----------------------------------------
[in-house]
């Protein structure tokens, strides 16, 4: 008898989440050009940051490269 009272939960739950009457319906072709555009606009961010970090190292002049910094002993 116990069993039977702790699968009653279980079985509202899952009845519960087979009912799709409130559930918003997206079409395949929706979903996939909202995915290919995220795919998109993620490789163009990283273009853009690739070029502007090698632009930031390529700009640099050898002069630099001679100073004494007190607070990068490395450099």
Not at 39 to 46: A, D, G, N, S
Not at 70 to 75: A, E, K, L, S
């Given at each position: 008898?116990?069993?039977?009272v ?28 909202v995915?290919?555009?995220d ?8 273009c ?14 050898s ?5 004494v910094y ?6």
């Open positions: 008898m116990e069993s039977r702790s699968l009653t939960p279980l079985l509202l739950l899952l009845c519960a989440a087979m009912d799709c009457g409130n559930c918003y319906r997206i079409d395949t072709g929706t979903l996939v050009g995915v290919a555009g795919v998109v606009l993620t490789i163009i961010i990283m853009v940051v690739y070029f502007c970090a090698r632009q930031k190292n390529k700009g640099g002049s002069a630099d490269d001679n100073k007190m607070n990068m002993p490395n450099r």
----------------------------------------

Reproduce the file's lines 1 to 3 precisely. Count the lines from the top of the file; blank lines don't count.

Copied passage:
[in-house]
């Protein structure tokens, strides 16, 4: 008898989440050009940051490269 009272939960739950009457319906072709555009606009961010970090190292002049910094002993 116990069993039977702790699968009653279980079985509202899952009845519960087979009912799709409130559930918003997206079409395949929706979903996939909202995915290919995220795919998109993620490789163009990283273009853009690739070029502007090698632009930031390529700009640099050898002069630099001679100073004494007190607070990068490395450099």
Not at 39 to 46: A, D, G, N, S